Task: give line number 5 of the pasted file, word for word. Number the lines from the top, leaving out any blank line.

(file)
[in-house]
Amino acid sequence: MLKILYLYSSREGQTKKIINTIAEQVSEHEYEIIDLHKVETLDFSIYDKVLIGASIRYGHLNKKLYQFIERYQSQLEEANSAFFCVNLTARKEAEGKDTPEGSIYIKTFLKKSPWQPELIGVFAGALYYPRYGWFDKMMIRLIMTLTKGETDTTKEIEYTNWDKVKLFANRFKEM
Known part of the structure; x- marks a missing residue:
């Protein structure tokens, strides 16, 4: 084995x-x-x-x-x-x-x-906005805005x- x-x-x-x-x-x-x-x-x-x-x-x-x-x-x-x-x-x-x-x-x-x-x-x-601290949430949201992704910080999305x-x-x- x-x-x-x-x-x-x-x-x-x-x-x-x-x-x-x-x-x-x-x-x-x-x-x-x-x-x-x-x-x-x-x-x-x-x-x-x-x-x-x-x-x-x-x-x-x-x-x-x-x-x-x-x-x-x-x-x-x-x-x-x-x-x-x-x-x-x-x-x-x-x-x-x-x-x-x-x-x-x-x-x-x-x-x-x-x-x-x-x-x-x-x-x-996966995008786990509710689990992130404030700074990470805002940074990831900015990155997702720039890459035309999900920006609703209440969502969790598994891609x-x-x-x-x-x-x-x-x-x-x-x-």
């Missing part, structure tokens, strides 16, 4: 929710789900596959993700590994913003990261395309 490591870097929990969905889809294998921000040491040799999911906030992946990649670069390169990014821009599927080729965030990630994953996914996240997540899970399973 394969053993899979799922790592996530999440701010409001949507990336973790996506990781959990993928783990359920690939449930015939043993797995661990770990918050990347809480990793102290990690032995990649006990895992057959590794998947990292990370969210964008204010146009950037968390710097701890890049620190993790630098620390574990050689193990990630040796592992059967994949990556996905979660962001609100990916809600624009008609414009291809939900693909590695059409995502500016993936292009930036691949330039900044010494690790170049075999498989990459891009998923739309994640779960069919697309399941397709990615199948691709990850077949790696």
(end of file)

């Missing part, structure tokens, strides 16, 4: 929710789900596959993700590994913003990261395309 490591870097929990969905889809294998921000040491040799999911906030992946990649670069390169990014821009599927080729965030990630994953996914996240997540899970399973 394969053993899979799922790592996530999440701010409001949507990336973790996506990781959990993928783990359920690939449930015939043993797995661990770990918050990347809480990793102290990690032995990649006990895992057959590794998947990292990370969210964008204010146009950037968390710097701890890049620190993790630098620390574990050689193990990630040796592992059967994949990556996905979660962001609100990916809600624009008609414009291809939900693909590695059409995502500016993936292009930036691949330039900044010494690790170049075999498989990459891009998923739309994640779960069919697309399941397709990615199948691709990850077949790696």